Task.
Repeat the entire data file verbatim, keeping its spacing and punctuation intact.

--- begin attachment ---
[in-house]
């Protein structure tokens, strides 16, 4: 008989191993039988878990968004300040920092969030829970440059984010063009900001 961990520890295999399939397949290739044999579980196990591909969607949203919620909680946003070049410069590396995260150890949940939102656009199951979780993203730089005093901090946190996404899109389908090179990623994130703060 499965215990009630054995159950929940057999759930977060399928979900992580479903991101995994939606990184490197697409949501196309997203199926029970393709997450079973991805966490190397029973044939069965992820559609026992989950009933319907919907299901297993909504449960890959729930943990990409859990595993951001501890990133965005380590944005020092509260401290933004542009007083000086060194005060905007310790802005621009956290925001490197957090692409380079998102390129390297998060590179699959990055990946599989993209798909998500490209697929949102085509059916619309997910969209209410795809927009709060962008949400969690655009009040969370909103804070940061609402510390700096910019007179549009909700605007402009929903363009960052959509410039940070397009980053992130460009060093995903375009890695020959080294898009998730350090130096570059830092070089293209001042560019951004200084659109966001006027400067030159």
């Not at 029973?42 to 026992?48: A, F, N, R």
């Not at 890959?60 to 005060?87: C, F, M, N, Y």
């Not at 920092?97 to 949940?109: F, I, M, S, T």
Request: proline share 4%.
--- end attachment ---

[in-house]
């Protein structure tokens, strides 16, 4: 008989191993039988878990968004300040920092969030829970440059984010063009900001 961990520890295999399939397949290739044999579980196990591909969607949203919620909680946003070049410069590396995260150890949940939102656009199951979780993203730089005093901090946190996404899109389908090179990623994130703060 499965215990009630054995159950929940057999759930977060399928979900992580479903991101995994939606990184490197697409949501196309997203199926029970393709997450079973991805966490190397029973044939069965992820559609026992989950009933319907919907299901297993909504449960890959729930943990990409859990595993951001501890990133965005380590944005020092509260401290933004542009007083000086060194005060905007310790802005621009956290925001490197957090692409380079998102390129390297998060590179699959990055990946599989993209798909998500490209697929949102085509059916619309997910969209209410795809927009709060962008949400969690655009009040969370909103804070940061609402510390700096910019007179549009909700605007402009929903363009960052959509410039940070397009980053992130460009060093995903375009890695020959080294898009998730350090130096570059830092070089293209001042560019951004200084659109966001006027400067030159």
């Not at 029973?42 to 026992?48: A, F, N, R």
């Not at 890959?60 to 005060?87: C, F, M, N, Y």
């Not at 920092?97 to 949940?109: F, I, M, S, T």
Request: proline share 4%.